How much time and money does it take for a new startup (50 employees) to fill out the paperwork to become a group for the purpose of negotiating for health insurance for their founders and employees?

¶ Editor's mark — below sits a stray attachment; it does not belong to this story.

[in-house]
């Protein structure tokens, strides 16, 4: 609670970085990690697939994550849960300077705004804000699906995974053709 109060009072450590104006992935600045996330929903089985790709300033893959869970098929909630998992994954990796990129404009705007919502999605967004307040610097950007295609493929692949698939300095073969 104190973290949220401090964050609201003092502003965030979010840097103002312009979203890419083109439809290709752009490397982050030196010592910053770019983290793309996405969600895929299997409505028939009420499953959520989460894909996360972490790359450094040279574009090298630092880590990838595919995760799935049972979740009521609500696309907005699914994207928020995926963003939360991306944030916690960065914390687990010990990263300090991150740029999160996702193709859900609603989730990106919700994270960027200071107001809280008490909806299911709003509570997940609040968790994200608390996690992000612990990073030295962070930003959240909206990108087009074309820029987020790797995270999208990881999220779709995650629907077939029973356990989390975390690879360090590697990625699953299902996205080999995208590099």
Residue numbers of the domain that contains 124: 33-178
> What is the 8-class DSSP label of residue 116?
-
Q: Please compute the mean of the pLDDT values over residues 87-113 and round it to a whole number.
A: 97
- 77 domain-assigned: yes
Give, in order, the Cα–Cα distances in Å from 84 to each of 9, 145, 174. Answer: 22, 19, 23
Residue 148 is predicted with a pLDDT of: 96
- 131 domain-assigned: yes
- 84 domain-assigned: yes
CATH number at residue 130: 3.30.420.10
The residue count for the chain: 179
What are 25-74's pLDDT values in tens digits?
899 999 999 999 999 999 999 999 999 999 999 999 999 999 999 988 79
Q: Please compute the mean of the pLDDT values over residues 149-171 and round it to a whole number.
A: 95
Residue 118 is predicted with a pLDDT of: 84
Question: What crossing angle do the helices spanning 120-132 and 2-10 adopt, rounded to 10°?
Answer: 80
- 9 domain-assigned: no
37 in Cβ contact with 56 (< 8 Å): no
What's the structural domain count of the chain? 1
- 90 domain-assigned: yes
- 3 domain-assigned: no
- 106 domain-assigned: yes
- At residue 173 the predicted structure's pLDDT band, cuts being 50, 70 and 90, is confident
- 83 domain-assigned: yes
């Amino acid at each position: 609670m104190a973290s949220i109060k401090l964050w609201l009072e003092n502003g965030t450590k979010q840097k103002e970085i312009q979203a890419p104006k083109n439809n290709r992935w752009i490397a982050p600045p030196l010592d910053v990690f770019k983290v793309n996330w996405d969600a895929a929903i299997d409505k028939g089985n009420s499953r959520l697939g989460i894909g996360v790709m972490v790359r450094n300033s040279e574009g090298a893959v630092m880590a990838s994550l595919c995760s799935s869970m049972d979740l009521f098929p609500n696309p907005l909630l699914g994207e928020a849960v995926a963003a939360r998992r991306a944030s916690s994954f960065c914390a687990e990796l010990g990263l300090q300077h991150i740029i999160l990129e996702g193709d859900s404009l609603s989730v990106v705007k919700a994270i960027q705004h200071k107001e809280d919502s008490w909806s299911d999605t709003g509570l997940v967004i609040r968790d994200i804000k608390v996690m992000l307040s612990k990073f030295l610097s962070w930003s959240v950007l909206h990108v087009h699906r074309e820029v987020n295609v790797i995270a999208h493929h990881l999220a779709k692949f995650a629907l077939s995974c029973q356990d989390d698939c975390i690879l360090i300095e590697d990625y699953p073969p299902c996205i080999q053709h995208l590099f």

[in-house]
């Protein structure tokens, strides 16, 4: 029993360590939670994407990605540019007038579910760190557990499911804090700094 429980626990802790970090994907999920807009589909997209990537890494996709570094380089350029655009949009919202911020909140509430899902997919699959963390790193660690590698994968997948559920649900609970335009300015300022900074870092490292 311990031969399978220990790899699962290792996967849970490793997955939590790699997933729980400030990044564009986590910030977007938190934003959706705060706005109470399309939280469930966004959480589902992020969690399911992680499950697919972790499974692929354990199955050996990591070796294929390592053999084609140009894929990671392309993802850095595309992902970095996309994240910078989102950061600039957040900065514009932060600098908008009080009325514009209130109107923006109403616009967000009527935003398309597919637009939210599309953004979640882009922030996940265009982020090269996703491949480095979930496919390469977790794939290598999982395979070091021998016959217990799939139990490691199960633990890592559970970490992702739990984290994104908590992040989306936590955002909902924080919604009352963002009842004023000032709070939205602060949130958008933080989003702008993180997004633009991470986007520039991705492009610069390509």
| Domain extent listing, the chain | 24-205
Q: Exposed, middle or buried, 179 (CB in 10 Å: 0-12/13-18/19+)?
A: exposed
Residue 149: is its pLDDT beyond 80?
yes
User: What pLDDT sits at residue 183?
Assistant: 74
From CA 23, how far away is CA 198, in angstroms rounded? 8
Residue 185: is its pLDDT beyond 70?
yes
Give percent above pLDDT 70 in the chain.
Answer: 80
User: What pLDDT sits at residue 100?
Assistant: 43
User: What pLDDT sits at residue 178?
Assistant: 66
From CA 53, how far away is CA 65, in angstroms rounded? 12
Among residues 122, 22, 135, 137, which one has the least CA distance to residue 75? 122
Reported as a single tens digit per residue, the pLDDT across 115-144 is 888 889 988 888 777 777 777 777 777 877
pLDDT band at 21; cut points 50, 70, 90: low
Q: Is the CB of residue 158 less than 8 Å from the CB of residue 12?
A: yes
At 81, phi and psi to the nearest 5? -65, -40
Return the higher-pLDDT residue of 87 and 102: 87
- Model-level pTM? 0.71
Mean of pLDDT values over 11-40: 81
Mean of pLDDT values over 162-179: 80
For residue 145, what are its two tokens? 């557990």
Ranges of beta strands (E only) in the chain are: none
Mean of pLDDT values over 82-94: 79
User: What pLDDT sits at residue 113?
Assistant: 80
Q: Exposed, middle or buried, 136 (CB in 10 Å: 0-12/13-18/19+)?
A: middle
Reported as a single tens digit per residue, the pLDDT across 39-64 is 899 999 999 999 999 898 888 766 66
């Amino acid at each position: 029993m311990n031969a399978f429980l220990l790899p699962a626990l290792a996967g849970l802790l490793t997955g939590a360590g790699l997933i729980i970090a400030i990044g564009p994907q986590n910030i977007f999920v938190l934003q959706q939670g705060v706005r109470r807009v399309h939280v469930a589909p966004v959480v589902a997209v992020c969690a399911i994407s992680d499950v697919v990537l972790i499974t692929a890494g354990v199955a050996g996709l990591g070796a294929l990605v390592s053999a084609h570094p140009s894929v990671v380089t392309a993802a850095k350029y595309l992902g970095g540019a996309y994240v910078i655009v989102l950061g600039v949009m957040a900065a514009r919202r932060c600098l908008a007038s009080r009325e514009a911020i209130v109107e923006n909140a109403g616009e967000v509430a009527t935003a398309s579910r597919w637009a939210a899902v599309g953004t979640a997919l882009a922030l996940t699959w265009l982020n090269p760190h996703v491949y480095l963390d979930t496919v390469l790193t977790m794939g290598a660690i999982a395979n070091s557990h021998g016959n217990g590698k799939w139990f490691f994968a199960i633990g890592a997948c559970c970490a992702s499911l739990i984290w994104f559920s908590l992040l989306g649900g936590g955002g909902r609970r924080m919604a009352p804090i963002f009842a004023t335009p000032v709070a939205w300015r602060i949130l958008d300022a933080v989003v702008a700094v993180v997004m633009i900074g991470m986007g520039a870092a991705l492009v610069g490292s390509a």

I'm not sure if this is a purely exploratory question or if you're inferring that you're planning on navigating the group health insurance market without the assistance of a broker. If the latter, I'd caution against it for several reasons (which I'll omit for now for the sake of brevity).To get a group quote, generally all that's needed is an employee census. Some states apply a modifier to the rate depending on the overall health of the group members (for a very accurate quote, employees may need to fill out general health statements).Obtaining rates themselves can take a few minutes (for states like CA which don't have a significant health modifier) to several days.I suspect your cor question is the time/effort required once you've determined the most appropriate plan design for your company. This is variable depending on how cohesive your employee base is.Best case scenario - if all employees are in one location and available at the same time, I could bring an enrollment team and get all the paperwork done in the course of 1-3 hours depending on the size of your group. In the vast majority of cases, the employer's paperwork is typically around 6 pages of information, and the employee applications about 4-8 pages. Individually none of them take more than several minutes to complete.Feel free to contact me directly if you have specific questions or concerns.